Liposuction, sometimes referred to as "lipo" by patients, slims and reshapes specific areas of the body by removing excess fat deposits and improving body contours and proportion.
Liposuction can treat thighs, hips and buttocks, abdomen and waist, upper arms, back, inner knee, chest area, cheeks and chin and neck
Liposuction can be performed alone or along with other plastic surgery procedures, such as

a facelift, breast reduction or a tummy tuck.
Liposuction is not a treatment for obesity or a substitute for proper diet and exercise. It is also not an effective treatment for cellulite--the dimpled skin that typically appears on the thighs, hips and buttocks--or loose saggy skin.

The procedure

Liposuction may be done under local anesthesia, intravenous sedation or general anesthesia.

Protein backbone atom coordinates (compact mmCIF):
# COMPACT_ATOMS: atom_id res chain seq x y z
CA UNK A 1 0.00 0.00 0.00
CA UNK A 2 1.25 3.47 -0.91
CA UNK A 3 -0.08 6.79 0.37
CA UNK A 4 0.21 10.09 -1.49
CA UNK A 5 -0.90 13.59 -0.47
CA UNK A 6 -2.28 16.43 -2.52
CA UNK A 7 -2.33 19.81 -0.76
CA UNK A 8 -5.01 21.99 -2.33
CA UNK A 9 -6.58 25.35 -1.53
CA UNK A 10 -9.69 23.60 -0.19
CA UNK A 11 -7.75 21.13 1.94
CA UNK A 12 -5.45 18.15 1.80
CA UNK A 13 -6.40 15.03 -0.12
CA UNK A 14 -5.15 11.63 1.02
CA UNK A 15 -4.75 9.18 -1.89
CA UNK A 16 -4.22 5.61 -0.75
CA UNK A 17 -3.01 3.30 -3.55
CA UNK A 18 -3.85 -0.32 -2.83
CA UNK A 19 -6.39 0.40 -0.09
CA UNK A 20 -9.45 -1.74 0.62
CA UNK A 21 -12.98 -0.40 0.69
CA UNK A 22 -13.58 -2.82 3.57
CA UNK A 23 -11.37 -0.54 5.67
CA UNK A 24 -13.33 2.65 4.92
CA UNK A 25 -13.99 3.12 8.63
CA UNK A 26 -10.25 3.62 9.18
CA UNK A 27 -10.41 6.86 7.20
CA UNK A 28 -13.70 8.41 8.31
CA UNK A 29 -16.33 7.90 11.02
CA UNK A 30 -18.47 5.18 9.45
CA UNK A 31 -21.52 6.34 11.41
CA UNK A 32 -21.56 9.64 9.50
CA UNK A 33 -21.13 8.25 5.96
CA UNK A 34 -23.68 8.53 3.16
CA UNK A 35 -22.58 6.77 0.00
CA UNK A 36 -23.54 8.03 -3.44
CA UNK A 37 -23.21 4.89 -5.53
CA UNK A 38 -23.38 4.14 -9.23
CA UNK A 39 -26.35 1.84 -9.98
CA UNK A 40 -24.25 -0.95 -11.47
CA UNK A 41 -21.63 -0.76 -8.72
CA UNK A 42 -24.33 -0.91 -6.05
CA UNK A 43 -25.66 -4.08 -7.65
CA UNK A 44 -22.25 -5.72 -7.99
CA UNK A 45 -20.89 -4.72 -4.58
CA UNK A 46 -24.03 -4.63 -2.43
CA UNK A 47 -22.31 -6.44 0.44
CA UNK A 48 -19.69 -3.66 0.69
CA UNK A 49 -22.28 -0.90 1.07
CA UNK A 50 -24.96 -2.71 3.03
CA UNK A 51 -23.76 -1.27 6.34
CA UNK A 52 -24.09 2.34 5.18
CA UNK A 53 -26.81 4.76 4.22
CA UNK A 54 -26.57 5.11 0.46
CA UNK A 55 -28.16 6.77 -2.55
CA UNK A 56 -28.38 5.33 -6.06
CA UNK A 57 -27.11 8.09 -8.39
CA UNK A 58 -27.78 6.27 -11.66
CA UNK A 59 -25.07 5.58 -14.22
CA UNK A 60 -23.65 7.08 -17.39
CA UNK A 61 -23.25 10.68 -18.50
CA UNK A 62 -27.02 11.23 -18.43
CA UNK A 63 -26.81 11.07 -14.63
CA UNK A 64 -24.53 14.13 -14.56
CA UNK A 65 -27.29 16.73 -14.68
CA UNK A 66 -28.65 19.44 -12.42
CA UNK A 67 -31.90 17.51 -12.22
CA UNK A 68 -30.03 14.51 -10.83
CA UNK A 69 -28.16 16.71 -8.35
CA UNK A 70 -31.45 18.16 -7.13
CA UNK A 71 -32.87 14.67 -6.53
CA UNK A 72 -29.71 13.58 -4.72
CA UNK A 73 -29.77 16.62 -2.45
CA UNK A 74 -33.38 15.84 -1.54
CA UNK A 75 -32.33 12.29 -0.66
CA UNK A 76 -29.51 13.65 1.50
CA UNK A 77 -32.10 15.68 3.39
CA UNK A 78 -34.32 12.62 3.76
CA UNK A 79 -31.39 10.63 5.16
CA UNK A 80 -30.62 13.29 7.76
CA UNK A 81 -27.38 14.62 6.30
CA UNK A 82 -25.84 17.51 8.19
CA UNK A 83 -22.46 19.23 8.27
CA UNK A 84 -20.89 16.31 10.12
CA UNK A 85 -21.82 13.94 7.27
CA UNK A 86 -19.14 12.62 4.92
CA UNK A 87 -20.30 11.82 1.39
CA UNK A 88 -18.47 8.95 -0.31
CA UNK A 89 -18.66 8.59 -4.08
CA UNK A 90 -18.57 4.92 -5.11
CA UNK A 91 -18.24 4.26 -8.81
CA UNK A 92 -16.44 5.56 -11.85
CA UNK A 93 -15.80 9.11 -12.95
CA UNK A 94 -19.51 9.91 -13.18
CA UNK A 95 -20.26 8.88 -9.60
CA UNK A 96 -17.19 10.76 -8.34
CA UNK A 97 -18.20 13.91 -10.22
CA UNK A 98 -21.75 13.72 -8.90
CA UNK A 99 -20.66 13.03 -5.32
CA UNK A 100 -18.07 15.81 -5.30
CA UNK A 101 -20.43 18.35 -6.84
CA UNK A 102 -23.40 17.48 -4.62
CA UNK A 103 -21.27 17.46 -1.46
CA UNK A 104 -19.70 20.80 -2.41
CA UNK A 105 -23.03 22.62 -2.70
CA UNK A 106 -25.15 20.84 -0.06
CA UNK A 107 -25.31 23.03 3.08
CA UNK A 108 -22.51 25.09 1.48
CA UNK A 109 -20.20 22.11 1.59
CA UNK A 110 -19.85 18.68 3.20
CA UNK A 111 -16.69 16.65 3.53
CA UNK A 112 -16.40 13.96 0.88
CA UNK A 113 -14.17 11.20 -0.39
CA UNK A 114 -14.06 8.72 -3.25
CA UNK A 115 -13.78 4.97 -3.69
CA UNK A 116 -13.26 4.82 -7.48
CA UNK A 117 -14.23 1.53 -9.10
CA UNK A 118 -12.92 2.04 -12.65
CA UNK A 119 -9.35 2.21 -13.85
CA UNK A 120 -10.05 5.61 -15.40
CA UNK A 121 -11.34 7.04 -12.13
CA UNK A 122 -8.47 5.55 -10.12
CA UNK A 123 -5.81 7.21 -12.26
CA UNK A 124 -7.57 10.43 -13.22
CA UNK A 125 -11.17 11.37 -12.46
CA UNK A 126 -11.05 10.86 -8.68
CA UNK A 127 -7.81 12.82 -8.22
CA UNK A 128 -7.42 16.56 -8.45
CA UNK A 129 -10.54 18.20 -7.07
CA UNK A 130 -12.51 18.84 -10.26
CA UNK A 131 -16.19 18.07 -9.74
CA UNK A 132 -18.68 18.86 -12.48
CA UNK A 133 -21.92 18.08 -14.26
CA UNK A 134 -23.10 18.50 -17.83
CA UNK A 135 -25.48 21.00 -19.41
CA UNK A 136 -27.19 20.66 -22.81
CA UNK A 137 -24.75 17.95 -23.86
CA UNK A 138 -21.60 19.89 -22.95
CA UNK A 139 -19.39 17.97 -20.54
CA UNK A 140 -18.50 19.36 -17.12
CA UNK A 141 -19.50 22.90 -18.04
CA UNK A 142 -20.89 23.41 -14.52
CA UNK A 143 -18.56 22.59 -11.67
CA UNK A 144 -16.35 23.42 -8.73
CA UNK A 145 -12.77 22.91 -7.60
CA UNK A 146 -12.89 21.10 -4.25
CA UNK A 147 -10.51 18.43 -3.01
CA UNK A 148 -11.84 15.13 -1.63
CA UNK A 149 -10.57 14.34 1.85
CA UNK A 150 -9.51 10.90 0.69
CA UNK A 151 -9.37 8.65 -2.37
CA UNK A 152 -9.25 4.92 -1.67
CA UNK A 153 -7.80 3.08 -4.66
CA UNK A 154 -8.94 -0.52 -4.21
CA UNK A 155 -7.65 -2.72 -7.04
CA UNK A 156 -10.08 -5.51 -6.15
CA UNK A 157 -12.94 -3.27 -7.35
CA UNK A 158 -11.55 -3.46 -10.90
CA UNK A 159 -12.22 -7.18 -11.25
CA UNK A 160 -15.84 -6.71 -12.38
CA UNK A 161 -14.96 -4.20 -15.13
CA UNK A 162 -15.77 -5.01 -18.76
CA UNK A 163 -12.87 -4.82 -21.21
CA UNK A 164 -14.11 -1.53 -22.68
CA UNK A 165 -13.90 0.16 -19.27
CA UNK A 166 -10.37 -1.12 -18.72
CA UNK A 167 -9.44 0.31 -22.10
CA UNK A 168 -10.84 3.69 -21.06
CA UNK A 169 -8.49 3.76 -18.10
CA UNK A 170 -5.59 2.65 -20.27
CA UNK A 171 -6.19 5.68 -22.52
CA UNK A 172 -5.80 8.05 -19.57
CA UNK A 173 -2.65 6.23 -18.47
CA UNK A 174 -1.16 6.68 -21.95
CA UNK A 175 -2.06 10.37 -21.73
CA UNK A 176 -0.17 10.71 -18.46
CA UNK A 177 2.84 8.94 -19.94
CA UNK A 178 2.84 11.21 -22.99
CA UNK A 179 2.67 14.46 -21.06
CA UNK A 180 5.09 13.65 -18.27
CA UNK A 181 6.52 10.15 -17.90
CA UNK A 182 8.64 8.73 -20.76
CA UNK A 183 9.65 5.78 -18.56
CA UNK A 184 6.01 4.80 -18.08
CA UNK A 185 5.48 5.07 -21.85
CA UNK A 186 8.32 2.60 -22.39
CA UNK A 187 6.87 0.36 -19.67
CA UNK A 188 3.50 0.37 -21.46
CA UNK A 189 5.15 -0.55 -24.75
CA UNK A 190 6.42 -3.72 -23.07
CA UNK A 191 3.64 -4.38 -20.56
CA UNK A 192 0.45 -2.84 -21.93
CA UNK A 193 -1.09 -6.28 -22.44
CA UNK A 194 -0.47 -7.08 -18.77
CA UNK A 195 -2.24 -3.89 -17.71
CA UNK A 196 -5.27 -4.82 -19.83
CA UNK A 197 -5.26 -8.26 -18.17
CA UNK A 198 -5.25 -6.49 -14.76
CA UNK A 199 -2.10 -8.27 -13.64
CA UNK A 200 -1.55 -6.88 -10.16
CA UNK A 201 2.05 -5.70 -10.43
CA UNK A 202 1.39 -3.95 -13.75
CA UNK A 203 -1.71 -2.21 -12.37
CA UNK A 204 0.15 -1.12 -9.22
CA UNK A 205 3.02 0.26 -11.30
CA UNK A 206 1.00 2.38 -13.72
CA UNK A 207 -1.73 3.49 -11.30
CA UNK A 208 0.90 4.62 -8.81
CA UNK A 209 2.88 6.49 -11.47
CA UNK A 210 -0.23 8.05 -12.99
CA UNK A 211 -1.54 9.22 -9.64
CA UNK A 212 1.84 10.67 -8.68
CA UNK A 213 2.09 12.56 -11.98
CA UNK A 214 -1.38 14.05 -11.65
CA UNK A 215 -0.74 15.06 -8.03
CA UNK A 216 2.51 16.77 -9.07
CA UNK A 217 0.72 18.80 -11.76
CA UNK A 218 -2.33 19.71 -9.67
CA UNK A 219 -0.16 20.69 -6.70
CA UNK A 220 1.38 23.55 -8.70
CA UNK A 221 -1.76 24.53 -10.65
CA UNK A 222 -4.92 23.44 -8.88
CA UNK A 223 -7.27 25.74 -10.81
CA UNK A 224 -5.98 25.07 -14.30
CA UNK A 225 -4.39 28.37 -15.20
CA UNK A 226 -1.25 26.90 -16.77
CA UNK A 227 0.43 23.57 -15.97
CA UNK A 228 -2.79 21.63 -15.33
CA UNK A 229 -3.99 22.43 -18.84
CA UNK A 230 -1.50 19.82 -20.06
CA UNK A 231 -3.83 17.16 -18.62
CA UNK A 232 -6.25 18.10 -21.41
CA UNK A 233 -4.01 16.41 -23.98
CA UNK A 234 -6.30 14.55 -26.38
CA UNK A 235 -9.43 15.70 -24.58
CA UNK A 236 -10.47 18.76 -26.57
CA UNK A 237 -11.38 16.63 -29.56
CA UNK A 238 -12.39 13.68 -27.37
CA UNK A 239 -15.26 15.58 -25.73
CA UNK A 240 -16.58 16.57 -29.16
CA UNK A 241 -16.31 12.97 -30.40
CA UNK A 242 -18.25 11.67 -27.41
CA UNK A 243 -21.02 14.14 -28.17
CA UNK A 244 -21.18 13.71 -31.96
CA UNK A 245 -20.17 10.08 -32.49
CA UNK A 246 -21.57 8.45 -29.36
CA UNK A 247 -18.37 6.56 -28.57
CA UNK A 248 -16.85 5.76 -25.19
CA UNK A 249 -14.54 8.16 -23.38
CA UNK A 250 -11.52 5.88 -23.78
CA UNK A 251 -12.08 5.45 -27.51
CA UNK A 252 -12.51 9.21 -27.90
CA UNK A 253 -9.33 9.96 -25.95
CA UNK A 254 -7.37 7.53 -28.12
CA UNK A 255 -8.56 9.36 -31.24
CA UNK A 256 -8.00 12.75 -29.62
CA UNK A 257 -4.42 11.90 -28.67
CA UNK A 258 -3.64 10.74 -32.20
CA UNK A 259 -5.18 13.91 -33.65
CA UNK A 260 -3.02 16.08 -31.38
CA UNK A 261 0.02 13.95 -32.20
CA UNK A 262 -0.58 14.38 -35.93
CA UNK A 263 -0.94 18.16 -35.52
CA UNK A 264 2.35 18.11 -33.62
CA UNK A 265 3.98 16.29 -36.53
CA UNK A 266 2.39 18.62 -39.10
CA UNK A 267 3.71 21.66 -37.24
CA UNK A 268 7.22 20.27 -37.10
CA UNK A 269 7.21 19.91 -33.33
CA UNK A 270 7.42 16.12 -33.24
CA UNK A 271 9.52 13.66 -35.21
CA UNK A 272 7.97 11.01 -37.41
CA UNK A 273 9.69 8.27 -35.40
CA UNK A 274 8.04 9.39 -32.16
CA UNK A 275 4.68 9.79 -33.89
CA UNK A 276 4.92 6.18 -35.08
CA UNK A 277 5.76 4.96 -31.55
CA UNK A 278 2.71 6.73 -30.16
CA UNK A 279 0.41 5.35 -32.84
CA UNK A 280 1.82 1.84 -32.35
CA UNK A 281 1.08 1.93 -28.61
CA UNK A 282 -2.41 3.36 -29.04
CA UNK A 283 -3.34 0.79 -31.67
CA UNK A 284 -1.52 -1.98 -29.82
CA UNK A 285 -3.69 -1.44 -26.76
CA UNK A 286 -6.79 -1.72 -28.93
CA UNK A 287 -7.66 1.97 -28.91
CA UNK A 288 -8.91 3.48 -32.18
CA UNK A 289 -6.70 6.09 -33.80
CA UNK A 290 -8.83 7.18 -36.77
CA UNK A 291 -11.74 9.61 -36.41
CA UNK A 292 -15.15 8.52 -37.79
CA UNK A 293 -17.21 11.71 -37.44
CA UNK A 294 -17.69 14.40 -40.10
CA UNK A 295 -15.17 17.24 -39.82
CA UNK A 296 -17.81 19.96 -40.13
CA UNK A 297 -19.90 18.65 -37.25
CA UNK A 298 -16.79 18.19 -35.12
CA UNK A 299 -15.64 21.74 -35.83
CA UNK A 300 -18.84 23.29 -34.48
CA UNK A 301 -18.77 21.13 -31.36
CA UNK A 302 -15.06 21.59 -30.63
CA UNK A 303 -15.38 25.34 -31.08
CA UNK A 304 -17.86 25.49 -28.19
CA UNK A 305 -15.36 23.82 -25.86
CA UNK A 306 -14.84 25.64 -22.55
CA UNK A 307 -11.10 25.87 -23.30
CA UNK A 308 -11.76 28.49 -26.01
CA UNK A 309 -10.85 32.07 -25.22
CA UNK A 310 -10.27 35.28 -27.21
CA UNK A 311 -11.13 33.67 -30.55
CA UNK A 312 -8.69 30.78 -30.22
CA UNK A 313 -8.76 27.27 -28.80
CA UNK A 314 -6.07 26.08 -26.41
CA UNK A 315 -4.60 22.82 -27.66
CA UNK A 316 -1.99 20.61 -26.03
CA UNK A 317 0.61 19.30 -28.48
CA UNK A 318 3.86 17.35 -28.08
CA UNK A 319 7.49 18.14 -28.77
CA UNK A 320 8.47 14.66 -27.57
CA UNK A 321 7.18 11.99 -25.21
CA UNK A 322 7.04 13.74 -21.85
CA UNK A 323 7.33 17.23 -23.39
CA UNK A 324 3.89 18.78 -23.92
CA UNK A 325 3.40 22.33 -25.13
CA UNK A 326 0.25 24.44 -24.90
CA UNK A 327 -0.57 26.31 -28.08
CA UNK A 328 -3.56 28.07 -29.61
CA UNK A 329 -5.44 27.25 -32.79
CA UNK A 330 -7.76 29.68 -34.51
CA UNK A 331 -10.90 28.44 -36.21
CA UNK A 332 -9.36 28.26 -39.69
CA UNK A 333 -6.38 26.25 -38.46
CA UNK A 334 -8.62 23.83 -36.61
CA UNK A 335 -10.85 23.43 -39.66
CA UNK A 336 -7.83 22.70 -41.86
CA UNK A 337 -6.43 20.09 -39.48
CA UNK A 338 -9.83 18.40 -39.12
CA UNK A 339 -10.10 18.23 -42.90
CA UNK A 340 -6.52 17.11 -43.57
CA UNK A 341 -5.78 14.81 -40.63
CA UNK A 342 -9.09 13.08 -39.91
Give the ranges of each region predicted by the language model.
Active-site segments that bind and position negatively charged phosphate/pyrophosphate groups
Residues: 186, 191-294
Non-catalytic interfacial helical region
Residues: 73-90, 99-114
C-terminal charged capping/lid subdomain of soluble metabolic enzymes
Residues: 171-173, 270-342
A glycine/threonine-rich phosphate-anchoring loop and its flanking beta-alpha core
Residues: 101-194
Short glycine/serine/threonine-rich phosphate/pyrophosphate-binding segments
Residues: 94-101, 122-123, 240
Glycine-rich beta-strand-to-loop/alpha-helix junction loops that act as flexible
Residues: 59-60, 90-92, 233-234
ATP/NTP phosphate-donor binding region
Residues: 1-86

The procedure is performed through small, inconspicuous incisions.
First, diluted local anesthesia is infused to reduce bleeding and trauma. Then a thin hollow tube, or cannula, is inserted through the incisions to loosen excess fat using a controlled back and forth motion. The dislodged fat is then suctioned out of the body using a surgical vacuum or syringe attached to the cannula.
The improved body contour will be apparent once the swelling and fluid retention commonly experienced following liposuction subside.


During liposuction recovery, a compression garment or elastic bandages may cover treatment areas once the procedure is completed. These help to control swelling and compress the skin to the new body contours.
Resume to normal activity and exercise is possible after 2-4 days.
The results of liposuction will be long lasting, provided you maintain a stable weight and general fitness.
The improved body contour will be apparent after three months.
As body ages, it is natural to lose some firmness, but most of the improvement should be relatively permanent.